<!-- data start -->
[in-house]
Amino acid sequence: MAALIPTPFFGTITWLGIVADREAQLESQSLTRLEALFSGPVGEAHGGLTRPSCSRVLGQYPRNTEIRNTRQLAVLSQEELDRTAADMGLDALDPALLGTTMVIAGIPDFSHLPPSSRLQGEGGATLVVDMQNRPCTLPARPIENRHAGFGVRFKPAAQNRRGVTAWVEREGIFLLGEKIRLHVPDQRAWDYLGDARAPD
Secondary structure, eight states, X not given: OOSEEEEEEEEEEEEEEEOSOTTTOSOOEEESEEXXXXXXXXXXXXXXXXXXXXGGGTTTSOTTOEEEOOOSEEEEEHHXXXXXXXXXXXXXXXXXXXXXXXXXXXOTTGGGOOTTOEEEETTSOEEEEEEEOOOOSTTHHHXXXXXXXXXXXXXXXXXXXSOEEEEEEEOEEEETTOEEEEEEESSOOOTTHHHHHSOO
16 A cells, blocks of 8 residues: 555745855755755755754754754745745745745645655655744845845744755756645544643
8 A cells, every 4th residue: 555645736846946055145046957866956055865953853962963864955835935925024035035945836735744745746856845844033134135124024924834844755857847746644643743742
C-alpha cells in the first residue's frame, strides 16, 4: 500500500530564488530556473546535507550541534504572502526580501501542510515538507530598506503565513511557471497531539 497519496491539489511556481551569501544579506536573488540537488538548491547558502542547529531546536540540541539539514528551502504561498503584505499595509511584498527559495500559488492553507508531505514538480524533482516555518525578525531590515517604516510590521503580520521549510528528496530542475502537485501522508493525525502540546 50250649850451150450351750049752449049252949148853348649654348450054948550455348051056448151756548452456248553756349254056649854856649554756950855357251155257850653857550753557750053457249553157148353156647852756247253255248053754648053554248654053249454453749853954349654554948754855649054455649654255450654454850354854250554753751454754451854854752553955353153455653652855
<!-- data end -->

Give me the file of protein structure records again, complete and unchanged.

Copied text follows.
[in-house]
Amino acid sequence: MAALIPTPFFGTITWLGIVADREAQLESQSLTRLEALFSGPVGEAHGGLTRPSCSRVLGQYPRNTEIRNTRQLAVLSQEELDRTAADMGLDALDPALLGTTMVIAGIPDFSHLPPSSRLQGEGGATLVVDMQNRPCTLPARPIENRHAGFGVRFKPAAQNRRGVTAWVEREGIFLLGEKIRLHVPDQRAWDYLGDARAPD
Secondary structure, eight states, X not given: OOSEEEEEEEEEEEEEEEOSOTTTOSOOEEESEEXXXXXXXXXXXXXXXXXXXXGGGTTTSOTTOEEEOOOSEEEEEHHXXXXXXXXXXXXXXXXXXXXXXXXXXXOTTGGGOOTTOEEEETTSOEEEEEEEOOOOSTTHHHXXXXXXXXXXXXXXXXXXXSOEEEEEEEOEEEETTOEEEEEEESSOOOTTHHHHHSOO
16 A cells, blocks of 8 residues: 555745855755755755754754754745745745745645655655744845845744755756645544643
8 A cells, every 4th residue: 555645736846946055145046957866956055865953853962963864955835935925024035035945836735744745746856845844033134135124024924834844755857847746644643743742
C-alpha cells in the first residue's frame, strides 16, 4: 500500500530564488530556473546535507550541534504572502526580501501542510515538507530598506503565513511557471497531539 497519496491539489511556481551569501544579506536573488540537488538548491547558502542547529531546536540540541539539514528551502504561498503584505499595509511584498527559495500559488492553507508531505514538480524533482516555518525578525531590515517604516510590521503580520521549510528528496530542475502537485501522508493525525502540546 50250649850451150450351750049752449049252949148853348649654348450054948550455348051056448151756548452456248553756349254056649854856649554756950855357251155257850653857550753557750053457249553157148353156647852756247253255248053754648053554248654053249454453749853954349654554948754855649054455649654255450654454850354854250554753751454754451854854752553955353153455653652855